However, if it IS the burial shroud of our Lord that would mean that He WANTED His image to be shown on the shroud. If He WANTED it there, it means He WANTED us to see it and that would mean that He produced what some denounce as an idol.
You can get an indication by following a link off of his profile, and poking around until you come to this: Can Bible Believing Christians & Catholics Truly Walk Together?
To summarize the article, his answer to that musical question would be: "No".
Yep, an adherent to a mad-made religion based on YOPIOS.
NOBODY worships the Shroud of Turin.
Why don’t you get back to me when you can answer my questions from #6.
Let's pretend for just a moment that you are right. Why is modern science unable to recreate the Shroud, let alone explain how it could have been made with medieval technology.
Has it ever crossed your mind that the word "napkin" DID NOT mean the same thing in the 16th century that it means today?
The Church has, of course, been reticent to pronounce one way or another on this, citing gaps in the shroud's provenance. Which is the proper course of action at present. Nevertheless, it's interesting not only from a religious, but from a scientific point of view.
When I was a physics undergrad at the U. of Rochester, the chairman of the department was Harry Gove. He was a shameless publicity hound, but he was (probably) the first to propose a method of carbon dating using very small sample sizes, and analyzed by means of particle accelerators, in this case Rochester's "Emperor" tandem Van de Graff, used for studies of atomic nuclei. Naturally, the Shroud would have been a perfect candidate for this kind of testing, since one would not wish to sacrifice any more of it than absolutely necessary. The upshot is that Rochester wasn't one of the groups chosen, but those two that were used a similar methodology to Gove's.
Although those results indicated a medieval date for the cloth, there is still controversy over whether or not the sample was contaminated by carbon from the fire the Shroud had been through, or whether the sample actually came from a patch used to repair the cloth, or if a biotic plaque on the surface of the material skewed the results. The only way to resolve this would be with another round of testing, monitored to everyone's satisfaction.
From my point of view, though, the scientifically interesting question is how the image was actually formed. As you've pointed out, no one has really been able to answer that adequately in purely material terms, nor have they been able to reproduce the process. It's decidedly not a simple question to answer, as it looks like the obvious explanations, e.g., it's a painting, it's some primative quasi-photographic process, etc., have been pretty much discounted.
I have no knowledge apart from what I've read in the public arena, but it strikes me that the tonal distribution of the image resembles that of an X-ray. That is to say, it's what one might expect if the cloth responded to incident radiation according to Beer's Law. (In fact, X-rays were first discovered by observing the exposure of photographic film in their vacinity.) The Beer's Law distribution suggests a "(super-)natural" process of image formation, rather than a man-made one, like a painting, though it doesn't necessarily mean the incident radiation was in the X range of wavelengths. Another interesting aspect of the image is that the presumed incident radiation was normal (i.e., perpendicular) to the surface of the cloth.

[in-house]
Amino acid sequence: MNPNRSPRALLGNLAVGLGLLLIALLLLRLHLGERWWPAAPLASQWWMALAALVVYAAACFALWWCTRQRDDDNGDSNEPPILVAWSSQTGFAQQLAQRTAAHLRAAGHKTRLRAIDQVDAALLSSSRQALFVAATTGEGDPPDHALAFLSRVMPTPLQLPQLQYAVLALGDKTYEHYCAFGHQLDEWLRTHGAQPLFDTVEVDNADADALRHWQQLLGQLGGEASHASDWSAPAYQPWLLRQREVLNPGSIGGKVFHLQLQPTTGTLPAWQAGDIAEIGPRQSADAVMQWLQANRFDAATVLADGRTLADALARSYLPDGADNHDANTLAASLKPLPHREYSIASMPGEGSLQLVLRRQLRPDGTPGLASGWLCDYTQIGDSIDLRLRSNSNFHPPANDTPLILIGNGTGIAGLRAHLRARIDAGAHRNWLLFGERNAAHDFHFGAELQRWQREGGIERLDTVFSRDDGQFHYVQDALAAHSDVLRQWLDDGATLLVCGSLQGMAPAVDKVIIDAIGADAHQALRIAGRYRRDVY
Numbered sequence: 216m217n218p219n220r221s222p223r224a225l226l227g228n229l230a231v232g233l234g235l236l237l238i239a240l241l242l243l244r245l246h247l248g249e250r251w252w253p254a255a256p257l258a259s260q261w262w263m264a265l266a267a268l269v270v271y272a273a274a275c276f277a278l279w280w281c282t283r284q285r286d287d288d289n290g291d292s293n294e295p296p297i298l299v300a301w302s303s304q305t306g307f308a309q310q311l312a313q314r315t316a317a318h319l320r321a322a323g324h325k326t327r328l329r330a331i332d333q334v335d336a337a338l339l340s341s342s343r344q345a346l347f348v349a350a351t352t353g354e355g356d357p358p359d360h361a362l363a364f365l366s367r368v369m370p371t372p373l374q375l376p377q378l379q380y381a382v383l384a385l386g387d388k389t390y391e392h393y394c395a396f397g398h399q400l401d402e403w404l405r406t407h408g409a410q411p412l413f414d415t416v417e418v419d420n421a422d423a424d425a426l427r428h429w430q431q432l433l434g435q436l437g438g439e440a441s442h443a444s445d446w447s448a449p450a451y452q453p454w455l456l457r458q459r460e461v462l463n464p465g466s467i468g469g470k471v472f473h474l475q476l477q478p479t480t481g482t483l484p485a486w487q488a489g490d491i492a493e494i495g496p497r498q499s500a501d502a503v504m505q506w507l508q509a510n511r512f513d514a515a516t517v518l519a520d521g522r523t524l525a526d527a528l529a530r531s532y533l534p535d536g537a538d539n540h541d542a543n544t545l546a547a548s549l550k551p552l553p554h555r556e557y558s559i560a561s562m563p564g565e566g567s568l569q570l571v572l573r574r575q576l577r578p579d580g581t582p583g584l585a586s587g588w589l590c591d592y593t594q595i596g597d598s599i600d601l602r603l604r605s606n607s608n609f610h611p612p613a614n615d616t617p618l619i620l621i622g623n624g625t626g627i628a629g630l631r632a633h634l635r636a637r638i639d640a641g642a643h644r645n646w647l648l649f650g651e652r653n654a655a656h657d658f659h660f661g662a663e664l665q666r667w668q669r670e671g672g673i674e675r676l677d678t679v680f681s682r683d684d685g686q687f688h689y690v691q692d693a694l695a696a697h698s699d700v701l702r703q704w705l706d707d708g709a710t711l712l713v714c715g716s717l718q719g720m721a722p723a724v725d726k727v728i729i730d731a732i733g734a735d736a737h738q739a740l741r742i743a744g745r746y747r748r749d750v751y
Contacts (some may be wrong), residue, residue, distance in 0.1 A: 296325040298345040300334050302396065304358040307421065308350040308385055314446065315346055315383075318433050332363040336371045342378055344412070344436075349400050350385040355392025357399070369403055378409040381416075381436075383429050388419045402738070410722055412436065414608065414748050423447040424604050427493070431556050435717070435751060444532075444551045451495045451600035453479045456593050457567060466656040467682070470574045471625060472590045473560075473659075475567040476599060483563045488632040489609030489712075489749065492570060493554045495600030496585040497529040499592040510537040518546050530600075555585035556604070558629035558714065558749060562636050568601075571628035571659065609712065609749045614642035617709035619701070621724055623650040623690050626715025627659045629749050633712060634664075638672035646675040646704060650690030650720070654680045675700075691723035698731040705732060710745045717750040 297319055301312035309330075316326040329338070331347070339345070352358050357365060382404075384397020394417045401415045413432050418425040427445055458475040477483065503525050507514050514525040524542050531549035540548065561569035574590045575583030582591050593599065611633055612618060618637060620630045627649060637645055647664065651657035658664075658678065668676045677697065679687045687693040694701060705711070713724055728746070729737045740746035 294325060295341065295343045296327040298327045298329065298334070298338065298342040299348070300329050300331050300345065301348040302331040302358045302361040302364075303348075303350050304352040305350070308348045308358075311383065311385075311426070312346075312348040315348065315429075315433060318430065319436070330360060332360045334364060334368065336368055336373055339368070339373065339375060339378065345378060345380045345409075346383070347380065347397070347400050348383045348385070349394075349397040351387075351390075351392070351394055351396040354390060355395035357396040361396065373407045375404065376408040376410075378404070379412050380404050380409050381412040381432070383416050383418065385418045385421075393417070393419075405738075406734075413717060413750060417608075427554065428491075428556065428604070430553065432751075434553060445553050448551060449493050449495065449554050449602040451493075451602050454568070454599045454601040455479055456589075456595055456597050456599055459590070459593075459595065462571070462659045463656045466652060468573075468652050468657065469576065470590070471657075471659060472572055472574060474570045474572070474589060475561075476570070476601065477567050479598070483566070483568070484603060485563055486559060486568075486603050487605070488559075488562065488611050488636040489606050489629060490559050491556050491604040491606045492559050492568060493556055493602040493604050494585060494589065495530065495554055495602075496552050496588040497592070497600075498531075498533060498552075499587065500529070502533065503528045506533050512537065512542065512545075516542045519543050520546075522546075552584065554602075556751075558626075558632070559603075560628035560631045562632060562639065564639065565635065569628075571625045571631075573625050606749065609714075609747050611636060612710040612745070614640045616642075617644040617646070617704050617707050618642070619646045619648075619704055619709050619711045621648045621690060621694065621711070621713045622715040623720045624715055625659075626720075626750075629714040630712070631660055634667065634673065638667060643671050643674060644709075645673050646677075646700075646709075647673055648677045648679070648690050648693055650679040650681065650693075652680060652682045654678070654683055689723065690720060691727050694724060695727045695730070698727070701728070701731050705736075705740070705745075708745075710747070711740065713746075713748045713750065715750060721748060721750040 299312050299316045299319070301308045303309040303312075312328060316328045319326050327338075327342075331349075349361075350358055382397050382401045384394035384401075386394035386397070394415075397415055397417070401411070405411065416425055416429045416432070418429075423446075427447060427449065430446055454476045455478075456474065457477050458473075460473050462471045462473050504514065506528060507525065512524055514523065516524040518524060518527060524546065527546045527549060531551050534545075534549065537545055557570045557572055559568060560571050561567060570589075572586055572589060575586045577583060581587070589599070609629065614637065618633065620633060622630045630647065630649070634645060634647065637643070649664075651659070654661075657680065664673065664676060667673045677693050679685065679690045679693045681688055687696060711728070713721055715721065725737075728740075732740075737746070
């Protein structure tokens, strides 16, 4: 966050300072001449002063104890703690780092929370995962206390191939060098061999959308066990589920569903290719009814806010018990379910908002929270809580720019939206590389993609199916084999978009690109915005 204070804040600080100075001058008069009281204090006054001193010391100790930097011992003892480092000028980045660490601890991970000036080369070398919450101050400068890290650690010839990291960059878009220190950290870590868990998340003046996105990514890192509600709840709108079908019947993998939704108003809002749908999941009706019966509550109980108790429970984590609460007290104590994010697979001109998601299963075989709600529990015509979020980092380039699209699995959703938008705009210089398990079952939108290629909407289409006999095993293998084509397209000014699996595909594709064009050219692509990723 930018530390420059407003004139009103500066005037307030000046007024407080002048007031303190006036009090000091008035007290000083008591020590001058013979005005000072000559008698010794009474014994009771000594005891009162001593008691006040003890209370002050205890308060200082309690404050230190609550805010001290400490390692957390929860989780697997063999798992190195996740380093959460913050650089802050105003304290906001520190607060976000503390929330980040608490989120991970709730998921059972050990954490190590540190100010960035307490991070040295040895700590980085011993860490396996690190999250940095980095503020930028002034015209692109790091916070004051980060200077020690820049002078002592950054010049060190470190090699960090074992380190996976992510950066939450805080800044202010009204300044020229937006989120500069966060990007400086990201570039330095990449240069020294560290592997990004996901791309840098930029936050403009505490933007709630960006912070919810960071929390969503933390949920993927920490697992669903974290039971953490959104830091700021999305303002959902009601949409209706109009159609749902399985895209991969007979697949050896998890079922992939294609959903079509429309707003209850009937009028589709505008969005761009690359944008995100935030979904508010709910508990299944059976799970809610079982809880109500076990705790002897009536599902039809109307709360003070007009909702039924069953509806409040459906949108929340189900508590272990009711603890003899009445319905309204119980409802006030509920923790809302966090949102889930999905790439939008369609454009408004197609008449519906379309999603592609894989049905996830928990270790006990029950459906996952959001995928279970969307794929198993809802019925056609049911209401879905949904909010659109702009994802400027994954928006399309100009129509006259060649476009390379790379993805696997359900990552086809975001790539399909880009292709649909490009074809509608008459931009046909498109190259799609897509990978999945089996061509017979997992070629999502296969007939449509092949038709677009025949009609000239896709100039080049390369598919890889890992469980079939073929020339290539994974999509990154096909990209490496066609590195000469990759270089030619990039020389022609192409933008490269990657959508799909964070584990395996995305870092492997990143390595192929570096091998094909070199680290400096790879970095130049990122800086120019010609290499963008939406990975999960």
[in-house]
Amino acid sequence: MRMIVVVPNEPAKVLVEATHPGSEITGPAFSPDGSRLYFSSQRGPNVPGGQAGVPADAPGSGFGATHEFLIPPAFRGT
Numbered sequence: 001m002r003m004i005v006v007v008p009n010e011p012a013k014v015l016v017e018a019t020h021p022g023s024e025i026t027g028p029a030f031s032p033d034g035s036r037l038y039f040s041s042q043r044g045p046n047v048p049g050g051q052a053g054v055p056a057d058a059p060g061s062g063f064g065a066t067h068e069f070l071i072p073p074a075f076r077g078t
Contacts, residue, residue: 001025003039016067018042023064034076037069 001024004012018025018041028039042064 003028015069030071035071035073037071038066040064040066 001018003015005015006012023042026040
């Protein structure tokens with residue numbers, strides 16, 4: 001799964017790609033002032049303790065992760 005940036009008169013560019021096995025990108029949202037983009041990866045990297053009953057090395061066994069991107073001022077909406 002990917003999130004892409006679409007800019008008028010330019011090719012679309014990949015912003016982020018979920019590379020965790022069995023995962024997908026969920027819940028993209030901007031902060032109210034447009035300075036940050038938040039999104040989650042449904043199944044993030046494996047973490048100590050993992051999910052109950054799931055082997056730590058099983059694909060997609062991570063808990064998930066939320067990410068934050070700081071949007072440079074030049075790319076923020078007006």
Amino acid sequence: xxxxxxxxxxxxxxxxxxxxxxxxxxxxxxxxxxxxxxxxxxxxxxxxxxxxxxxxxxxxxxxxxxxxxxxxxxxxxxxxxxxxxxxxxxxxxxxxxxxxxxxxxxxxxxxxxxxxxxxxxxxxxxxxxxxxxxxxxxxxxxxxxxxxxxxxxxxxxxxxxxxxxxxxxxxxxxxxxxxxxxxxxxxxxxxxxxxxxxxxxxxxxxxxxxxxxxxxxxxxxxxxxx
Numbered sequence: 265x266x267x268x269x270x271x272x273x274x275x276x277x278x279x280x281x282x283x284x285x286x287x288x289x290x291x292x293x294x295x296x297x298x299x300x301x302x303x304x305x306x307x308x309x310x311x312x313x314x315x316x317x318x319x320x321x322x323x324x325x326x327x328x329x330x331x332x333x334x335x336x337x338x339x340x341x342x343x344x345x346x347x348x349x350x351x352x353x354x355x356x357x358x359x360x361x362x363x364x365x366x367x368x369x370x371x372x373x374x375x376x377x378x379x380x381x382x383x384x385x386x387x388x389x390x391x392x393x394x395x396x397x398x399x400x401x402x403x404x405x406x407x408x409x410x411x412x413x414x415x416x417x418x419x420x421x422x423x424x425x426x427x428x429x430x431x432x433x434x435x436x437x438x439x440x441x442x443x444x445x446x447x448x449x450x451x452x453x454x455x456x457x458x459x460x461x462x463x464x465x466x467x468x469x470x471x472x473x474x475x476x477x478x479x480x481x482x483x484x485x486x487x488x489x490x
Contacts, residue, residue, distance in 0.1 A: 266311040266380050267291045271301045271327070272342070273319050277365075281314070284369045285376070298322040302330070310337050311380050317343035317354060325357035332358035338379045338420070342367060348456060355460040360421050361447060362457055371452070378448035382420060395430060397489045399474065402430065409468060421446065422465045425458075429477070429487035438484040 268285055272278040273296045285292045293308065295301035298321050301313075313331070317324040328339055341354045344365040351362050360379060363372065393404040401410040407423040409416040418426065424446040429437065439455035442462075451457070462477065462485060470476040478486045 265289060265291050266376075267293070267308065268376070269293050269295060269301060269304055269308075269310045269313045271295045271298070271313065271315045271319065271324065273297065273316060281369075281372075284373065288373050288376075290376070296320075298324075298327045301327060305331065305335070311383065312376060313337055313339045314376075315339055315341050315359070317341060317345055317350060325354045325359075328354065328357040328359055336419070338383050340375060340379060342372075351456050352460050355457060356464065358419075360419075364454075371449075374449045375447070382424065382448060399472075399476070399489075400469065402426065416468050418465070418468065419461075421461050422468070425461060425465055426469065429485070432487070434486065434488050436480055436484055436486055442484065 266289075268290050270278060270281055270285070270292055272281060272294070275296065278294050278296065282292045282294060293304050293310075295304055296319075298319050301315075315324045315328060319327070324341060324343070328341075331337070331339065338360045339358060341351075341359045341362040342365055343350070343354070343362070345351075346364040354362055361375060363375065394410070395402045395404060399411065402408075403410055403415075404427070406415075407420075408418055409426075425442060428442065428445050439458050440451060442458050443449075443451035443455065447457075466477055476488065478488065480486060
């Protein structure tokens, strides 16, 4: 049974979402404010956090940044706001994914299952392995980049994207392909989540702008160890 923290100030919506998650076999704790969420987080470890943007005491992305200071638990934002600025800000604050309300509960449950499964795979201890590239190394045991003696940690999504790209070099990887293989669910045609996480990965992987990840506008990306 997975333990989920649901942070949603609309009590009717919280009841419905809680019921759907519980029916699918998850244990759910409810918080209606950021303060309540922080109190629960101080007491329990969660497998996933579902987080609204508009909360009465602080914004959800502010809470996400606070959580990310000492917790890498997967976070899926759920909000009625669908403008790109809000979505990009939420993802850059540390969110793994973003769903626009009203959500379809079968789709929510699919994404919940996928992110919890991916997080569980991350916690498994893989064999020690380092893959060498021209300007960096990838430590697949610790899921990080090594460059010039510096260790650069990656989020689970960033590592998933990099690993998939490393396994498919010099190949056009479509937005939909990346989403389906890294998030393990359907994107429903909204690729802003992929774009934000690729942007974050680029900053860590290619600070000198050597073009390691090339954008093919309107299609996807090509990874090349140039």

Finally, the objection is sometimes raised that even if the cloth could be traced to the first century, it's nothing more than the image of a crucified man, not necessarily Jesus Christ. But the indications of a gash to the side of the body, and of blood stains near the forehead (suggesting the crown of thorns) are consistent with the Gospel accounts of the Passion, and it would be highly unusual find these marks on any other victims of crucifixion.
Although my personal belief is that it is in fact the burial (and more correctly, the resurrection) shroud of Christ, even if it is the work of human hands, the inspiration, devotion and skill to create such a remarkable and technically perfect objet d'art is to me, further evidence of presence of the Divine.
So, the Gospel of Saint John was written in English? Is THAT what you are saying? The word napkin comes from the French word nappe which actually means TABLE CLOTH and THAT is the word that 16th century translators would have used.
1. NOBODY can figure out how to recreate the image today, let alone explain how a medieval artist could have done so.
2. The Gospels talk about the cloth being left in the tomb, why make that mention? What was our Lord wearing when He appeared to the women and later to the Disciples?
3. If He DID impose His image on the Shroud, the ONLY LOGICAL CONCLUSION is that He did it for a REASON.
If that were the case, history would be ripe with stories of images being superimposed on burial cloths, it would be a rare phenomenon rather than a single incident.
That is where my logic leads me, and in fact, that is pretty much the very argument I use to present my beliefs on the shroud. I also like the example of Thomas. When he expressed his disbelief, Christ let him probe his wounds and gave him hard evidence; he didn't drive Thomas away as an unbeliever. Certainly Christ knew the world would be full of Thomases in need of evidence.
Some shroud skeptics acknowledge that the image appears to have been created by means (as yet) beyond the comprehension of humans and suggest that the shroud is a demonic trick to lead people away from Christ. While on its face this argument may seem plausible, I suspect far more people have had their faith kindled or re-affirmed by the shroud than have misplaced theirs.